His first rash vow of love was said;
But heard we how, by penance, prayer,
She strove to wash away the sin,
That ever Infidel had share
A Christian maiden's breast within;
And there perchance were other tears
Than those which flow'd from holy fears.
I know not what vain dream had sprung
In MIRZA. Is it that despair,
Ere the last veil aside is flung,
Unable its own words to bear,
Will borrow from hope's charmed tongue?
To her a wreath he bid me take,
Such as in our fair garden wake
Love's hopes and fears, -- oh! suiting well
Such gentle messages to tell.
That wreath I to the lady brought.
I found her in the hall alone,
So changed, your sculptors never wrought
A form in monumental stone
So cold, so pale. The large dark eye
Shone strangely o'er the marble cheek;
The lips were parted, yet no sigh
Seem'd there of breathing life to speak;
The picture at whose feet she knelt,
The Maiden Mother and her Child,
The hues which on that canvass dwelt,
With more of human likeness smiled.
Awful the face, however fair,
When death's dark call is written there.
I gave the wreath, I named his name,
One moment the heart's weakness came,
Written in crimson on her brow,
The very blossoms caught the glow;
Or grew they bright but from the fall
Of tears that lit their coronal?
The next, the dark eye's sudden rain,
The cheek's red colour pass'd again,
All earthly feelings with them died;
Slowly she laid the gift aside.
When will my soul forget the look
With which one single stem she took
From out the wreath? -- a tulip flower;
But, touch'd as by some withering power,
The painted leaves were drooping round
The rich but burning heart they bound.
She spoke, -- oh! never music's tone
Hath sadder, sweeter cadence known: --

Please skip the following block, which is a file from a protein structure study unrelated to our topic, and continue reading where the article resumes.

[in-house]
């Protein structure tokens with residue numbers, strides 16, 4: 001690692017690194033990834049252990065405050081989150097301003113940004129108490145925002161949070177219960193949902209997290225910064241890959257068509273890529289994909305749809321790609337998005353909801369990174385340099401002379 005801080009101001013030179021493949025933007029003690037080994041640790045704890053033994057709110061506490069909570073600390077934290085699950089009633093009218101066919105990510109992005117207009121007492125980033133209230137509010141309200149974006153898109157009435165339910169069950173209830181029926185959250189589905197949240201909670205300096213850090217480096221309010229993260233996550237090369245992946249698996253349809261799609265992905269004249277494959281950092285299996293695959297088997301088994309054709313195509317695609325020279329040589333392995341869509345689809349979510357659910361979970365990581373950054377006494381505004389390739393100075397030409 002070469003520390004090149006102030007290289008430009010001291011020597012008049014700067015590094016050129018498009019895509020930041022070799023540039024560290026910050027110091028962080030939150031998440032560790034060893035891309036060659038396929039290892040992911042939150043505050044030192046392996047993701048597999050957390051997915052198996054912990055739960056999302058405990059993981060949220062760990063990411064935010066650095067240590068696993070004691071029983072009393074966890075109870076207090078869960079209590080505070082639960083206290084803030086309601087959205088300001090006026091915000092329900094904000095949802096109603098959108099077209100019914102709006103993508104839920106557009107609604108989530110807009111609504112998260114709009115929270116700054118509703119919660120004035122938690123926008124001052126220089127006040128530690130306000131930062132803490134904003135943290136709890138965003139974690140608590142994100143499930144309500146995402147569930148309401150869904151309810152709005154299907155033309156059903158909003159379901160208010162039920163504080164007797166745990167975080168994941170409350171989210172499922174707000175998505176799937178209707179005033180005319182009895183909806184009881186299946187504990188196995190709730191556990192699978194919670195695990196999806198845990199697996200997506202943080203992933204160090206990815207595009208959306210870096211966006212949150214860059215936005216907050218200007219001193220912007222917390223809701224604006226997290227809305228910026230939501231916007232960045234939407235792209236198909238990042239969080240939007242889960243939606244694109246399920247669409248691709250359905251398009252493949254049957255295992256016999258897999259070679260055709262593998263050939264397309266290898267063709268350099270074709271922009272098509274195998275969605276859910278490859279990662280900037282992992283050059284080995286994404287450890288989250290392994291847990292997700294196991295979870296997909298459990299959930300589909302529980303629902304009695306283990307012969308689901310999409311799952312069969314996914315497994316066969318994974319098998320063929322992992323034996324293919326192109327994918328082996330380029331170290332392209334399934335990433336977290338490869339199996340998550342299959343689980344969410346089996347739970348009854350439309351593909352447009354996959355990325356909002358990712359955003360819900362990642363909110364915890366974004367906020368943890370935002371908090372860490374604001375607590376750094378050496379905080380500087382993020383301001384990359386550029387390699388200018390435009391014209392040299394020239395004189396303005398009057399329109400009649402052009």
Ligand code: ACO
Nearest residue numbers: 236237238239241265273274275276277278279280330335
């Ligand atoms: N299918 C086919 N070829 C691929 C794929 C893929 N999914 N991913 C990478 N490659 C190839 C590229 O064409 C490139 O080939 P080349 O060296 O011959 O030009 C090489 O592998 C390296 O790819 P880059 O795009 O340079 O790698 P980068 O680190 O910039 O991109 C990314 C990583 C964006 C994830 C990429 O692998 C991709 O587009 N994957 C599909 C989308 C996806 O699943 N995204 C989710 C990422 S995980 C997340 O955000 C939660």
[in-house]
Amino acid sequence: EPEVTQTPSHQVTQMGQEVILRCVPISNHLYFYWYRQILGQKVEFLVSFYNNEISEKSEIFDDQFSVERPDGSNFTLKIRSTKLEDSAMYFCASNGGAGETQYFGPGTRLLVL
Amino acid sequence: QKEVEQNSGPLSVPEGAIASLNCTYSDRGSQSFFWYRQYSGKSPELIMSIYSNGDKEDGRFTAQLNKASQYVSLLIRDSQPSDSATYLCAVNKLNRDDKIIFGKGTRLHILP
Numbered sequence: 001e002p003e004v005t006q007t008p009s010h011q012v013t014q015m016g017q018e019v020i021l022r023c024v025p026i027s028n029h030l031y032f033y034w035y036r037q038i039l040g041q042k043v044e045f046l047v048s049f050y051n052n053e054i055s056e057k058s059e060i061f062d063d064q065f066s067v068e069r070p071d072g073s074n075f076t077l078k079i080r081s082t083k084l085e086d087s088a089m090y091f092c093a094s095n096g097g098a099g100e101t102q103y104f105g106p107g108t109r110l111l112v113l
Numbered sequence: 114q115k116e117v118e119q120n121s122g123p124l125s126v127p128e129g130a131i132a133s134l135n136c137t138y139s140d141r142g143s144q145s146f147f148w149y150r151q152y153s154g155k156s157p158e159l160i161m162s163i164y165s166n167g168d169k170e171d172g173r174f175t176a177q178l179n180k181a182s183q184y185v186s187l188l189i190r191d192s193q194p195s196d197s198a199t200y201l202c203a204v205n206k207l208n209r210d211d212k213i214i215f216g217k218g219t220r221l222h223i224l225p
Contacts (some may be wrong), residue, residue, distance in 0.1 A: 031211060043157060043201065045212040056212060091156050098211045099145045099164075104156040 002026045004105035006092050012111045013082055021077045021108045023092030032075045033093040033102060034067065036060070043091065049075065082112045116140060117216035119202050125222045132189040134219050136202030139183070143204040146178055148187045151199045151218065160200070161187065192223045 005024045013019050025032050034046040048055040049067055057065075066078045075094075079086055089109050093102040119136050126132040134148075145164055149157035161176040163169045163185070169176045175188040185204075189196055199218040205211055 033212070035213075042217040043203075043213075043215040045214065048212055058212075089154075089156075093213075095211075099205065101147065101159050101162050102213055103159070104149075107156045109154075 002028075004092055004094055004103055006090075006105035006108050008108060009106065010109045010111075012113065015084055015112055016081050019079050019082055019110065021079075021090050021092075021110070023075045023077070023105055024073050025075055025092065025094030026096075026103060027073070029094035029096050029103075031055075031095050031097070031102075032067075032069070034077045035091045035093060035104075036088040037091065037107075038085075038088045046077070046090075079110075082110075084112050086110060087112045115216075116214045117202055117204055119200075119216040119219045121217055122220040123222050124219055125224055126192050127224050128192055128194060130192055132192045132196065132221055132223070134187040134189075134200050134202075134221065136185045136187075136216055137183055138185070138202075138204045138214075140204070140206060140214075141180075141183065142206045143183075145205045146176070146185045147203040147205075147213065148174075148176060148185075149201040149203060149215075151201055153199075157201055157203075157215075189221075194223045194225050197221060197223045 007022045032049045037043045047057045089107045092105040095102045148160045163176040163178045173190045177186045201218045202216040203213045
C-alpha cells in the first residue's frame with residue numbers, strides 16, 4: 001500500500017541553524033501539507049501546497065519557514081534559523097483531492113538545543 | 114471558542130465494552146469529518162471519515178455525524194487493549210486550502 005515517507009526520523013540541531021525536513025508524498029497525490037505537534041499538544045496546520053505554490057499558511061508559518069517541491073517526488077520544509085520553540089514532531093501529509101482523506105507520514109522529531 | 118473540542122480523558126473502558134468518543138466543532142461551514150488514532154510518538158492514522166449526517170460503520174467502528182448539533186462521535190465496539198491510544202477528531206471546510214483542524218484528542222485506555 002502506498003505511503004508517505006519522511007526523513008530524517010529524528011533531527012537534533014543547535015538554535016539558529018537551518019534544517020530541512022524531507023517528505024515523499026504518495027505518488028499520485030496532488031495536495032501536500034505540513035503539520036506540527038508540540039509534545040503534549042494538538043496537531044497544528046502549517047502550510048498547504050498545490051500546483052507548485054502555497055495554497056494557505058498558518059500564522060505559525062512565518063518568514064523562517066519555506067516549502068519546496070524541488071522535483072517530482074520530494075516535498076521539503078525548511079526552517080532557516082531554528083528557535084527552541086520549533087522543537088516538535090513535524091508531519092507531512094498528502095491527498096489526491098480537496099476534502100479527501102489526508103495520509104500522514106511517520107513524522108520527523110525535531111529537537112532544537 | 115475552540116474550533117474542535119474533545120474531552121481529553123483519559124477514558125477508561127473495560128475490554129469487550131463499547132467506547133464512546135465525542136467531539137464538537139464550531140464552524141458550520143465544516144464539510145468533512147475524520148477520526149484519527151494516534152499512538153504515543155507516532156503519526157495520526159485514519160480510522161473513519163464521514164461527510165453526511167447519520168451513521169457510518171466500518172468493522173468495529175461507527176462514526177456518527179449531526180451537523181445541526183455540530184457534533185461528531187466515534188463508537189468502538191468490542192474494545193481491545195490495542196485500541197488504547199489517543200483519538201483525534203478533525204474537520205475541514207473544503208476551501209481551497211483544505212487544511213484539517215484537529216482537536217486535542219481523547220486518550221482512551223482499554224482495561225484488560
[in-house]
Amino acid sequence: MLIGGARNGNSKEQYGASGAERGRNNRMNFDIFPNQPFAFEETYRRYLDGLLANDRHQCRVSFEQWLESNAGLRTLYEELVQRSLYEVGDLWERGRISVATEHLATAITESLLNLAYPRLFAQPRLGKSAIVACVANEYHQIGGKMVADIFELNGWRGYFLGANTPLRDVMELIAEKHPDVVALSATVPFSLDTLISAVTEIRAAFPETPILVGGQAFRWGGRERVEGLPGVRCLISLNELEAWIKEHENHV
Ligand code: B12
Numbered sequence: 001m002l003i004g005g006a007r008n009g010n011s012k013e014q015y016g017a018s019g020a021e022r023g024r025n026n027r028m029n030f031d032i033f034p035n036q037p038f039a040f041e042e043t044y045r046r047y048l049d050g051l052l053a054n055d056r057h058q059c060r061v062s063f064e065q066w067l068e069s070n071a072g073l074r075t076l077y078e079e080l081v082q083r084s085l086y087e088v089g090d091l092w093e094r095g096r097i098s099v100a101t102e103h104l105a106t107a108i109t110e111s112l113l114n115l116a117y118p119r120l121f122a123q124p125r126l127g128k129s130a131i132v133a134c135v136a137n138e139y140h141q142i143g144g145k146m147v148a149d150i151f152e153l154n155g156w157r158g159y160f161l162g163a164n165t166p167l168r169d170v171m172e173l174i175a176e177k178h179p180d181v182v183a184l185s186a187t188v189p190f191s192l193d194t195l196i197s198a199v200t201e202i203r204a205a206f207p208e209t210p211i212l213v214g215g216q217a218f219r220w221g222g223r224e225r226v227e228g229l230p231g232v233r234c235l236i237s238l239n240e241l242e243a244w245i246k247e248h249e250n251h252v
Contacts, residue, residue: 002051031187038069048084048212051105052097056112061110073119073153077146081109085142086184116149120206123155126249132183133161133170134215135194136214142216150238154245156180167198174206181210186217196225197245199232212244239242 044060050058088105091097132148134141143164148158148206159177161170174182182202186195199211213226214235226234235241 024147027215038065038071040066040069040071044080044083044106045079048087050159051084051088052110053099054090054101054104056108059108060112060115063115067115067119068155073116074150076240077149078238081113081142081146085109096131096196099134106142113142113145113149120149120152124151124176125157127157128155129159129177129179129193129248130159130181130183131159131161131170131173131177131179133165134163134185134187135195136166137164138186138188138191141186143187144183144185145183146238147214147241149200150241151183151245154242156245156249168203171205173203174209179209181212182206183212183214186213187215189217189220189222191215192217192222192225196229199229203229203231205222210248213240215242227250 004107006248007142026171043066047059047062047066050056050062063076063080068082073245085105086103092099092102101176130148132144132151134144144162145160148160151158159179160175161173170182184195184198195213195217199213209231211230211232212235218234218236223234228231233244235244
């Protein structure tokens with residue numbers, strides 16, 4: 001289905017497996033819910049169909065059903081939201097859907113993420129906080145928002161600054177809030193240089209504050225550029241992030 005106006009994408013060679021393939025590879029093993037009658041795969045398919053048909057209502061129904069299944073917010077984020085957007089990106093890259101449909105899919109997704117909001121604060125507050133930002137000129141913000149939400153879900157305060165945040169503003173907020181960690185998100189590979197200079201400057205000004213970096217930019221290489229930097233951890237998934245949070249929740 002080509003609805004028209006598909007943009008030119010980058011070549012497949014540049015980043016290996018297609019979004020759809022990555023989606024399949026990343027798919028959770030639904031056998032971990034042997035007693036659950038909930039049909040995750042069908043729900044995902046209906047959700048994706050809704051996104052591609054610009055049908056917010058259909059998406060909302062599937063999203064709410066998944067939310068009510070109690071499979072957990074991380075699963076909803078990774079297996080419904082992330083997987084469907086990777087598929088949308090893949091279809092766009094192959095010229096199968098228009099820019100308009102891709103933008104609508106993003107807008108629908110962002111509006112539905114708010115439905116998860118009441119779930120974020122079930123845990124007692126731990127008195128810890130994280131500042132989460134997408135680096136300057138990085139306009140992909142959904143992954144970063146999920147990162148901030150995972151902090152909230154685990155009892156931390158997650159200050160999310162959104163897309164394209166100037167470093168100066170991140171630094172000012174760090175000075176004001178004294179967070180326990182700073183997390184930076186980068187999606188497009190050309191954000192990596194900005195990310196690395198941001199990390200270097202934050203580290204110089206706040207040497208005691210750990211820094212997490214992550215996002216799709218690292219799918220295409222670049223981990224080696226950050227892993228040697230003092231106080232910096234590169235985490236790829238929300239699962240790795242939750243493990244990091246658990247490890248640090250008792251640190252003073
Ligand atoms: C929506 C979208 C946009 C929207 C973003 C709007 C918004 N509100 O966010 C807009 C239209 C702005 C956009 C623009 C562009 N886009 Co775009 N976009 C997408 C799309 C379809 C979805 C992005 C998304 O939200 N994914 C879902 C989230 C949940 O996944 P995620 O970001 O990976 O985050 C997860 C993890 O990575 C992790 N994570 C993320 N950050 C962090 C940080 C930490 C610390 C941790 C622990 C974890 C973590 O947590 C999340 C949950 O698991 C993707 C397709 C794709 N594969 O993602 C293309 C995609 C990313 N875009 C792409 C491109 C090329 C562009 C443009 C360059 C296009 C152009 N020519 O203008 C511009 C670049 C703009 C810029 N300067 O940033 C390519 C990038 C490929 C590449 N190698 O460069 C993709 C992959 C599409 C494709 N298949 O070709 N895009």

"With jarring creed, and hostile line,
And heart with fate at enmity,
This wasting flower is emblem mine,
'Tis faded, it hath but to die."

I took those leaves of faded bloom
To MIRZA; 'twas of both the doom.
He died the first of the battle line,
When red blood dims the sabre's shine;
He died the early death of the brave,
And the place of the battle was that of his grave.
She died as dies a breath of song
Borne on the winds of evening along;
She fell as falls the rose in spring,
The fairest are ever most perishing.
Yet lingers that tale of sorrow and love,
Of the Christian maid and her Moslem love;
A tale to be told in the twilight hour,
For the beauty's tears in her lonely bower.

ROSE the last minstrel; he was one
Well the eye loves to look upon.
Slight but tall, the gallant knight
Had the martial step he had used in fight;
Dark and rich curl'd the auburn hair
O'er a brow, like the ocean by moonlight, fair;
His island colour was on his cheek,
Enough of youth in its health to speak;
But shaded it was with manly brown,
From much of toil and of peril known:
Frank was his courtesy, and sweet
The smile he wore at fair lady's feet;
Yet haughty his step, and his mien was high,
Half softness, half fire, his falcon eye.
England, fair England, hath earth or sea,
Land of hearth and home, aught to liken to thee.